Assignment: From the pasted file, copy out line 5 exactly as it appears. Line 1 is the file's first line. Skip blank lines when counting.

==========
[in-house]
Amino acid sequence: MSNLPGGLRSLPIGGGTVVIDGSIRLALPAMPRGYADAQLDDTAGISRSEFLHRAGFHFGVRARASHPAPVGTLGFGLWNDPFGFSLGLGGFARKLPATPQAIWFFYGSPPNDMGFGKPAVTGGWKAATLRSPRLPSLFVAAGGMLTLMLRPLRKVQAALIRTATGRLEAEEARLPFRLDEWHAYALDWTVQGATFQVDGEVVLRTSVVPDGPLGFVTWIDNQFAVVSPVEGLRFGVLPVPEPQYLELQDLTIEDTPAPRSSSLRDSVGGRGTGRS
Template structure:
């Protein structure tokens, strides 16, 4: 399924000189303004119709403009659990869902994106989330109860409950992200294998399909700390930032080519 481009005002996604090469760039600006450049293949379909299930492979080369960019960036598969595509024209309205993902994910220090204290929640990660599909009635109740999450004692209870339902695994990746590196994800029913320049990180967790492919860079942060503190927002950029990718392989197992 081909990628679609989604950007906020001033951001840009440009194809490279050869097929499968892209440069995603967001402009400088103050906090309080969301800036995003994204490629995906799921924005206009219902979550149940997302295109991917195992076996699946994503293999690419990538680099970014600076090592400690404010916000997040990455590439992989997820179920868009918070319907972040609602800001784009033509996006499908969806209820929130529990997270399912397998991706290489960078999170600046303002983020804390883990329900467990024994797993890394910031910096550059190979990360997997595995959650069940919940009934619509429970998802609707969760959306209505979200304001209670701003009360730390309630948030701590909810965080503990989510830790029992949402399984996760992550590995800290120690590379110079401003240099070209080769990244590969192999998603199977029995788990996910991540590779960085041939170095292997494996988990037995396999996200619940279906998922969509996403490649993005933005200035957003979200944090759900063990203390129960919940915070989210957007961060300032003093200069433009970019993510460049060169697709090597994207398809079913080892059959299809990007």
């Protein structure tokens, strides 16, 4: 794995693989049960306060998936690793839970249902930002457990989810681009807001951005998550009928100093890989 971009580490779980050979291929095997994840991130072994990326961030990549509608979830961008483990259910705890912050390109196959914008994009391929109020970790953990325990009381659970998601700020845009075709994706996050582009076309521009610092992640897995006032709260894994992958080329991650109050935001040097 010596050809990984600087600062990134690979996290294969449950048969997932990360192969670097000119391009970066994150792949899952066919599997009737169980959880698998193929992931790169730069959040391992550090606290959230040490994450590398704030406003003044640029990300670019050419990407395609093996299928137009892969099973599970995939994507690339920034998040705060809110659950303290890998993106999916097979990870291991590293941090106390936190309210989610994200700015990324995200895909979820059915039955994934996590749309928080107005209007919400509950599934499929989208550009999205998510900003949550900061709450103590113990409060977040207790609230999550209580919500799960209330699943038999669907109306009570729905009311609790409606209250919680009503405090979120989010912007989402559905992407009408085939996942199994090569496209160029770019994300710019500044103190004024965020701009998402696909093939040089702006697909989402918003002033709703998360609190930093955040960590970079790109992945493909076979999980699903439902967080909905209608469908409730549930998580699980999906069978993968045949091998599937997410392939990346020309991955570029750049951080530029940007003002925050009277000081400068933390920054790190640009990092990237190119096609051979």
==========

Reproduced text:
């Protein structure tokens, strides 16, 4: 794995693989049960306060998936690793839970249902930002457990989810681009807001951005998550009928100093890989 971009580490779980050979291929095997994840991130072994990326961030990549509608979830961008483990259910705890912050390109196959914008994009391929109020970790953990325990009381659970998601700020845009075709994706996050582009076309521009610092992640897995006032709260894994992958080329991650109050935001040097 010596050809990984600087600062990134690979996290294969449950048969997932990360192969670097000119391009970066994150792949899952066919599997009737169980959880698998193929992931790169730069959040391992550090606290959230040490994450590398704030406003003044640029990300670019050419990407395609093996299928137009892969099973599970995939994507690339920034998040705060809110659950303290890998993106999916097979990870291991590293941090106390936190309210989610994200700015990324995200895909979820059915039955994934996590749309928080107005209007919400509950599934499929989208550009999205998510900003949550900061709450103590113990409060977040207790609230999550209580919500799960209330699943038999669907109306009570729905009311609790409606209250919680009503405090979120989010912007989402559905992407009408085939996942199994090569496209160029770019994300710019500044103190004024965020701009998402696909093939040089702006697909989402918003002033709703998360609190930093955040960590970079790109992945493909076979999980699903439902967080909905209608469908409730549930998580699980999906069978993968045949091998599937997410392939990346020309991955570029750049951080530029940007003002925050009277000081400068933390920054790190640009990092990237190119096609051979």